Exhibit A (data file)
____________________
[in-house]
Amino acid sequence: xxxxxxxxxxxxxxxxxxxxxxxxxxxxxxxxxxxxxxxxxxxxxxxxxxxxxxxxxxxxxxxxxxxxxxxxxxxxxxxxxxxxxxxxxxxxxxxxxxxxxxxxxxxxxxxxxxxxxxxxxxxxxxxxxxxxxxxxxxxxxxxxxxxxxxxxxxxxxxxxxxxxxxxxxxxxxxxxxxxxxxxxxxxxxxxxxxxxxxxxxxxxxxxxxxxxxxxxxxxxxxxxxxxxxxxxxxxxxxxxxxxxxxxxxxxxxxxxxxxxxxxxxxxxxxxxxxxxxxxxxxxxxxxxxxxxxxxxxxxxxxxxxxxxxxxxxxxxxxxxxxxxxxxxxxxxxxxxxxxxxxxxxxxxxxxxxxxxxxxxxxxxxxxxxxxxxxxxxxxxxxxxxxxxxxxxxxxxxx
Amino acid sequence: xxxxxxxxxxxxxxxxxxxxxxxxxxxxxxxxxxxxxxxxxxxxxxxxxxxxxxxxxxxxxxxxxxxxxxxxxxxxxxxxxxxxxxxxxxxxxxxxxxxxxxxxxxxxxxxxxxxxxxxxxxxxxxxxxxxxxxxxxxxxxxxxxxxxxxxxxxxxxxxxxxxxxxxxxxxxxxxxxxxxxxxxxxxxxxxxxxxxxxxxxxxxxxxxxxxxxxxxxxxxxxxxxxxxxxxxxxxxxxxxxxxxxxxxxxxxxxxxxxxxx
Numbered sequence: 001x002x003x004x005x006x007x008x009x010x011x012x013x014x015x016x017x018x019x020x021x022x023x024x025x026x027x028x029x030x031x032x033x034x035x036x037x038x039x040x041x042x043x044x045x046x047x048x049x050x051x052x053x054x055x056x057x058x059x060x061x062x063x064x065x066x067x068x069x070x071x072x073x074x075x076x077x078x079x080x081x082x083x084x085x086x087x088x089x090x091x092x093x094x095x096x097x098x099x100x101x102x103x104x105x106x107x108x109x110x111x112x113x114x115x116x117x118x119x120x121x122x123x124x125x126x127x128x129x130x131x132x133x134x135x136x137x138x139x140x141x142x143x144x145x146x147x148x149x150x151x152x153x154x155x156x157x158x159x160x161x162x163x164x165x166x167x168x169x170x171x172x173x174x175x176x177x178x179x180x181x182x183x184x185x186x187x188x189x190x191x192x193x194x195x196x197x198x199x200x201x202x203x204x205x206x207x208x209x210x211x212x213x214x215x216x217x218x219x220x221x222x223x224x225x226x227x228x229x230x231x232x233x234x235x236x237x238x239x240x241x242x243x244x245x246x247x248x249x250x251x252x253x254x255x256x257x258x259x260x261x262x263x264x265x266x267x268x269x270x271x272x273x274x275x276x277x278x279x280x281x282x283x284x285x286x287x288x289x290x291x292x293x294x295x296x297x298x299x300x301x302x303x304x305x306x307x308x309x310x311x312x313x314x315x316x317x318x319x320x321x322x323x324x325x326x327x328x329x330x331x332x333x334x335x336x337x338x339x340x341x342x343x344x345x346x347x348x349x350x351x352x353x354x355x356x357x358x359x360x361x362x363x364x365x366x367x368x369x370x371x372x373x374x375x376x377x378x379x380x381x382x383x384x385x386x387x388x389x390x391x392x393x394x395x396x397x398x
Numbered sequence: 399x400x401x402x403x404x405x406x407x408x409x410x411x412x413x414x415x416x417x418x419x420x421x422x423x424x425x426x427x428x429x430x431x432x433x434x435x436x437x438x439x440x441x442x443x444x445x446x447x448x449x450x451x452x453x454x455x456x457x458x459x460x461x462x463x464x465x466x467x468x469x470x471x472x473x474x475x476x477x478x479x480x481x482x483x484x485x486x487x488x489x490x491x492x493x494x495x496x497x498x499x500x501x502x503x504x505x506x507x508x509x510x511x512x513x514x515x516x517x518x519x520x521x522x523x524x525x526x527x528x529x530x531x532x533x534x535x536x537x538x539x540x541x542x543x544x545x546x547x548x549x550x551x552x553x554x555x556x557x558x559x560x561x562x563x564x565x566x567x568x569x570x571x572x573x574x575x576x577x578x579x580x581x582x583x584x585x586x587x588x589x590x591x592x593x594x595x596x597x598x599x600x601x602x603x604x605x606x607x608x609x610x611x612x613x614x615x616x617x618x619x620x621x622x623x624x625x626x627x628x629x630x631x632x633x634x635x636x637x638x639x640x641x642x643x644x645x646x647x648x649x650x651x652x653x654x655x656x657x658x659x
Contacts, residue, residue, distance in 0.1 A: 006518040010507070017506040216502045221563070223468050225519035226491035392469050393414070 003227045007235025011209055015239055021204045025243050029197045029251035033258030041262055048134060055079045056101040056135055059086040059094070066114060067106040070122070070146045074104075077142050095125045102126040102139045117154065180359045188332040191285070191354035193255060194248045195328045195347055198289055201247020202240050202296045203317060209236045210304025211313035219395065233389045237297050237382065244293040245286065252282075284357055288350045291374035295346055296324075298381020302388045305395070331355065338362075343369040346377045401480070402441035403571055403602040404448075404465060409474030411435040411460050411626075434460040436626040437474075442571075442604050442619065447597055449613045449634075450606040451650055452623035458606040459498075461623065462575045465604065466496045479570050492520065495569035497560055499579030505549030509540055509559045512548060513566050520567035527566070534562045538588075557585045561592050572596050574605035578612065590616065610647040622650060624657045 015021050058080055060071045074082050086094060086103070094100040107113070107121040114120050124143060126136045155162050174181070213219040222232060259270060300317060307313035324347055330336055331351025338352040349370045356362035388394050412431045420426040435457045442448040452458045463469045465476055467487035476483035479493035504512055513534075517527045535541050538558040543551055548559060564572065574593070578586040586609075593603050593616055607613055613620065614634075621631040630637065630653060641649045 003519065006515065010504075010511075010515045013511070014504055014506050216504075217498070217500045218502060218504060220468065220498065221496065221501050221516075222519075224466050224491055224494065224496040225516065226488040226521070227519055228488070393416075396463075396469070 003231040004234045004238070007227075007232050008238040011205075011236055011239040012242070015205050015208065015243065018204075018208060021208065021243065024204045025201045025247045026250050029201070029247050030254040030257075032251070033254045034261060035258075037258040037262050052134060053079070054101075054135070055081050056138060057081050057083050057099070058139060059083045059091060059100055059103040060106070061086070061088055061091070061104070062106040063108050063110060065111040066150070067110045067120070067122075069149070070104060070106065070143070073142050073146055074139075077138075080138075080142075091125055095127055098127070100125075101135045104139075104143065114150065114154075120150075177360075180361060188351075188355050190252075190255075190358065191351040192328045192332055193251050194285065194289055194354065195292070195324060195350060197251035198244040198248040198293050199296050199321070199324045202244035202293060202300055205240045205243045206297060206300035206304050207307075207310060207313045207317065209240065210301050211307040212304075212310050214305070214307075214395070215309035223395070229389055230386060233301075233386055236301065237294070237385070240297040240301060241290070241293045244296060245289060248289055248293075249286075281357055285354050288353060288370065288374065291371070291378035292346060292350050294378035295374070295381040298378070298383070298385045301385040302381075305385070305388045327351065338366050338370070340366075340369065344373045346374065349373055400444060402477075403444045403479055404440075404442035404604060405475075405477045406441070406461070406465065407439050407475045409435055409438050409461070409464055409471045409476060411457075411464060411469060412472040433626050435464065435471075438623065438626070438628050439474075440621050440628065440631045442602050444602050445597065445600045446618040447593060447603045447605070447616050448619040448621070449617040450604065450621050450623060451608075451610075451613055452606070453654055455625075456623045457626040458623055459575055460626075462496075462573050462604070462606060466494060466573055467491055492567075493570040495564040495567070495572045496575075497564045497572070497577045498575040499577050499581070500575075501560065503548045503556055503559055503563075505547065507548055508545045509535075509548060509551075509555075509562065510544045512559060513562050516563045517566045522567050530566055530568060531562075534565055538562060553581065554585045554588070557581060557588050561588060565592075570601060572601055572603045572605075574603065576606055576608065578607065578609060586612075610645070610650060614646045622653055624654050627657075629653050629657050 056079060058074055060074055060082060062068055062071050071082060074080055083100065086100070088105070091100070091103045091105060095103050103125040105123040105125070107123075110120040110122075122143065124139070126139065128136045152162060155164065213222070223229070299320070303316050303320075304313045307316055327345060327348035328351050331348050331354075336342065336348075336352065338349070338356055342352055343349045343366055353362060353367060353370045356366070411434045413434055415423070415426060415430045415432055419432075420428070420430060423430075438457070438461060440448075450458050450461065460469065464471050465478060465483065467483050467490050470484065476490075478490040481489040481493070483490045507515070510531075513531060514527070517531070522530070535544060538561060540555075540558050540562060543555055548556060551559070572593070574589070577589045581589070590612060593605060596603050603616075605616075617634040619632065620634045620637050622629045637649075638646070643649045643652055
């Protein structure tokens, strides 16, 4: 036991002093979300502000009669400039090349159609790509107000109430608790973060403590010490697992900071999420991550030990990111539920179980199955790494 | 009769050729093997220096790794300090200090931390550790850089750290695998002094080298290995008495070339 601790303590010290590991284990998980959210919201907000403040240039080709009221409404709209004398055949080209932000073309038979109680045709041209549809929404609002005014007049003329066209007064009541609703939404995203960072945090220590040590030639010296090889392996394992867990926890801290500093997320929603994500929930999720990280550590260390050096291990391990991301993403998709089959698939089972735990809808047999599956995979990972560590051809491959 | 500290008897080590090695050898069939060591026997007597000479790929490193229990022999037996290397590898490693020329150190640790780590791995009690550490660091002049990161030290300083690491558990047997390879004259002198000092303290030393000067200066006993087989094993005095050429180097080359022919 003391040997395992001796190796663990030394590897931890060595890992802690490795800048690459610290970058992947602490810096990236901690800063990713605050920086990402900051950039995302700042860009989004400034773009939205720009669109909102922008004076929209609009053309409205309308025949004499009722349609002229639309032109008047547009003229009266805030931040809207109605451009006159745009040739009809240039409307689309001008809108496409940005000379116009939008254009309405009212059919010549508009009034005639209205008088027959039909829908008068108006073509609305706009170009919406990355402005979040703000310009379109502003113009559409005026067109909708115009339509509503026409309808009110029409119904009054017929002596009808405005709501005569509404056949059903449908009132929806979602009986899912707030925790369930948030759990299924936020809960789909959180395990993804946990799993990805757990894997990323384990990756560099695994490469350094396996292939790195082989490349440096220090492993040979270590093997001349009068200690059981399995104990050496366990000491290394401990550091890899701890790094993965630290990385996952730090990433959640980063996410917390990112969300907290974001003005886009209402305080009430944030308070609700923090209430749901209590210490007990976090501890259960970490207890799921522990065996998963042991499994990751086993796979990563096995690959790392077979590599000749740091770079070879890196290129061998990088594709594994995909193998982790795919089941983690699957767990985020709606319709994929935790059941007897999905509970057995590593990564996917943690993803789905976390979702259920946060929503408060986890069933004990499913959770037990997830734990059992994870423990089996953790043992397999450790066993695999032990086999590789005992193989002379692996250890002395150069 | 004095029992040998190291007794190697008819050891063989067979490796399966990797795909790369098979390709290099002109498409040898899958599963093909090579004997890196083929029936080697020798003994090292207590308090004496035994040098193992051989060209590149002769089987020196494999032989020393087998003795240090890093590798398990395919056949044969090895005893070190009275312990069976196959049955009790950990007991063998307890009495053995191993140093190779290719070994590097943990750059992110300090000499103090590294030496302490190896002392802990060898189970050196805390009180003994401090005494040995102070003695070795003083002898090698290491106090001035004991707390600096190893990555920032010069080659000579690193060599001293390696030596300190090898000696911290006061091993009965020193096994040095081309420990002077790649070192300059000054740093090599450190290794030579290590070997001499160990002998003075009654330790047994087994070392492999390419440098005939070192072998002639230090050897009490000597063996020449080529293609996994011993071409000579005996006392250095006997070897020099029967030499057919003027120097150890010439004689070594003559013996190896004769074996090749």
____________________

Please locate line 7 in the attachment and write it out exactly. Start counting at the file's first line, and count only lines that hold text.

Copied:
């Protein structure tokens, strides 16, 4: 036991002093979300502000009669400039090349159609790509107000109430608790973060403590010490697992900071999420991550030990990111539920179980199955790494 | 009769050729093997220096790794300090200090931390550790850089750290695998002094080298290995008495070339 601790303590010290590991284990998980959210919201907000403040240039080709009221409404709209004398055949080209932000073309038979109680045709041209549809929404609002005014007049003329066209007064009541609703939404995203960072945090220590040590030639010296090889392996394992867990926890801290500093997320929603994500929930999720990280550590260390050096291990391990991301993403998709089959698939089972735990809808047999599956995979990972560590051809491959 | 500290008897080590090695050898069939060591026997007597000479790929490193229990022999037996290397590898490693020329150190640790780590791995009690550490660091002049990161030290300083690491558990047997390879004259002198000092303290030393000067200066006993087989094993005095050429180097080359022919 003391040997395992001796190796663990030394590897931890060595890992802690490795800048690459610290970058992947602490810096990236901690800063990713605050920086990402900051950039995302700042860009989004400034773009939205720009669109909102922008004076929209609009053309409205309308025949004499009722349609002229639309032109008047547009003229009266805030931040809207109605451009006159745009040739009809240039409307689309001008809108496409940005000379116009939008254009309405009212059919010549508009009034005639209205008088027959039909829908008068108006073509609305706009170009919406990355402005979040703000310009379109502003113009559409005026067109909708115009339509509503026409309808009110029409119904009054017929002596009808405005709501005569509404056949059903449908009132929806979602009986899912707030925790369930948030759990299924936020809960789909959180395990993804946990799993990805757990894997990323384990990756560099695994490469350094396996292939790195082989490349440096220090492993040979270590093997001349009068200690059981399995104990050496366990000491290394401990550091890899701890790094993965630290990385996952730090990433959640980063996410917390990112969300907290974001003005886009209402305080009430944030308070609700923090209430749901209590210490007990976090501890259960970490207890799921522990065996998963042991499994990751086993796979990563096995690959790392077979590599000749740091770079070879890196290129061998990088594709594994995909193998982790795919089941983690699957767990985020709606319709994929935790059941007897999905509970057995590593990564996917943690993803789905976390979702259920946060929503408060986890069933004990499913959770037990997830734990059992994870423990089996953790043992397999450790066993695999032990086999590789005992193989002379692996250890002395150069 | 004095029992040998190291007794190697008819050891063989067979490796399966990797795909790369098979390709290099002109498409040898899958599963093909090579004997890196083929029936080697020798003994090292207590308090004496035994040098193992051989060209590149002769089987020196494999032989020393087998003795240090890093590798398990395919056949044969090895005893070190009275312990069976196959049955009790950990007991063998307890009495053995191993140093190779290719070994590097943990750059992110300090000499103090590294030496302490190896002392802990060898189970050196805390009180003994401090005494040995102070003695070795003083002898090698290491106090001035004991707390600096190893990555920032010069080659000579690193060599001293390696030596300190090898000696911290006061091993009965020193096994040095081309420990002077790649070192300059000054740093090599450190290794030579290590070997001499160990002998003075009654330790047994087994070392492999390419440098005939070192072998002639230090050897009490000597063996020449080529293609996994011993071409000579005996006392250095006997070897020099029967030499057919003027120097150890010439004689070594003559013996190896004769074996090749």